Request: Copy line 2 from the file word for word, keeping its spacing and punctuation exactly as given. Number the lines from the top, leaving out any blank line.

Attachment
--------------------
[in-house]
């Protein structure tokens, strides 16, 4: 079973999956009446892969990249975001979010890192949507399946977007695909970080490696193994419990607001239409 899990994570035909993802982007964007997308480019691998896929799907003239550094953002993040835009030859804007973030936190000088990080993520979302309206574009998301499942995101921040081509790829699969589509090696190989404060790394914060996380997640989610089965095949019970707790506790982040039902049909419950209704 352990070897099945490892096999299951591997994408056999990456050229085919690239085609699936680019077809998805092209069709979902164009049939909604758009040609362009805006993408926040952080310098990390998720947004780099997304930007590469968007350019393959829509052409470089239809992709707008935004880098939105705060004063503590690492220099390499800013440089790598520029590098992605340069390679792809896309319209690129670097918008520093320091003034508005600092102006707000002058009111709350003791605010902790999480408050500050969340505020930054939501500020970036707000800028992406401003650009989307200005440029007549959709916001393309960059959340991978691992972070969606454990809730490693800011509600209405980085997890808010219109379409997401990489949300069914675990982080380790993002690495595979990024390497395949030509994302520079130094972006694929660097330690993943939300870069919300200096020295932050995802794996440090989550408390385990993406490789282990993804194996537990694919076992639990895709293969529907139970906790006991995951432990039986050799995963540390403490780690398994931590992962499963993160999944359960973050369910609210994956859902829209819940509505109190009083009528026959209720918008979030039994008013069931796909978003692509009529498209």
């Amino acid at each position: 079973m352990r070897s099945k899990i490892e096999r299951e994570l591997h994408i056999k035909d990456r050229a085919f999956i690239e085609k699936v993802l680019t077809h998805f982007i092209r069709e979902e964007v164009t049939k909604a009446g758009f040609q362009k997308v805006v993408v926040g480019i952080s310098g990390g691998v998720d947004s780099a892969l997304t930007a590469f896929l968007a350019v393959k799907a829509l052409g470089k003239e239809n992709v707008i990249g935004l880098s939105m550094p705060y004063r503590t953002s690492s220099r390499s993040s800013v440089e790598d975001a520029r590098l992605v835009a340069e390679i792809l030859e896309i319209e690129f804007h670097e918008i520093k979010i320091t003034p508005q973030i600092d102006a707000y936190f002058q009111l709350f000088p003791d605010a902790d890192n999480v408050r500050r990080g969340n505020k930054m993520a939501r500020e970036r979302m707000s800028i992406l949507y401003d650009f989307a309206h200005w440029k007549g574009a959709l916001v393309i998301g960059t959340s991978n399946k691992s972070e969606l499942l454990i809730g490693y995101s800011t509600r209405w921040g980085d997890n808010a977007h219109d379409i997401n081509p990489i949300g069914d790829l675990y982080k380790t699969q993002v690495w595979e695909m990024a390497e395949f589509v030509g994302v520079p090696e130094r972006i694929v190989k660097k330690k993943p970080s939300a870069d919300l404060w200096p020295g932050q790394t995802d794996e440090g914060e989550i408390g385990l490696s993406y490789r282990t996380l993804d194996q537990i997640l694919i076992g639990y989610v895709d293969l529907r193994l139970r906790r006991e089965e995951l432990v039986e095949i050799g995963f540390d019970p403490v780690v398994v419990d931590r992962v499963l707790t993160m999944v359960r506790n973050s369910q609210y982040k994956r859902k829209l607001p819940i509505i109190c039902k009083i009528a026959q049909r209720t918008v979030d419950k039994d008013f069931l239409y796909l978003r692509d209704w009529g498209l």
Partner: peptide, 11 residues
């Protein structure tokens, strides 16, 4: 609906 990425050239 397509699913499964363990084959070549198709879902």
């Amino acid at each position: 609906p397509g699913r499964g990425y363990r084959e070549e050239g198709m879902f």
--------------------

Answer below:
């Protein structure tokens, strides 16, 4: 079973999956009446892969990249975001979010890192949507399946977007695909970080490696193994419990607001239409 899990994570035909993802982007964007997308480019691998896929799907003239550094953002993040835009030859804007973030936190000088990080993520979302309206574009998301499942995101921040081509790829699969589509090696190989404060790394914060996380997640989610089965095949019970707790506790982040039902049909419950209704 352990070897099945490892096999299951591997994408056999990456050229085919690239085609699936680019077809998805092209069709979902164009049939909604758009040609362009805006993408926040952080310098990390998720947004780099997304930007590469968007350019393959829509052409470089239809992709707008935004880098939105705060004063503590690492220099390499800013440089790598520029590098992605340069390679792809896309319209690129670097918008520093320091003034508005600092102006707000002058009111709350003791605010902790999480408050500050969340505020930054939501500020970036707000800028992406401003650009989307200005440029007549959709916001393309960059959340991978691992972070969606454990809730490693800011509600209405980085997890808010219109379409997401990489949300069914675990982080380790993002690495595979990024390497395949030509994302520079130094972006694929660097330690993943939300870069919300200096020295932050995802794996440090989550408390385990993406490789282990993804194996537990694919076992639990895709293969529907139970906790006991995951432990039986050799995963540390403490780690398994931590992962499963993160999944359960973050369910609210994956859902829209819940509505109190009083009528026959209720918008979030039994008013069931796909978003692509009529498209």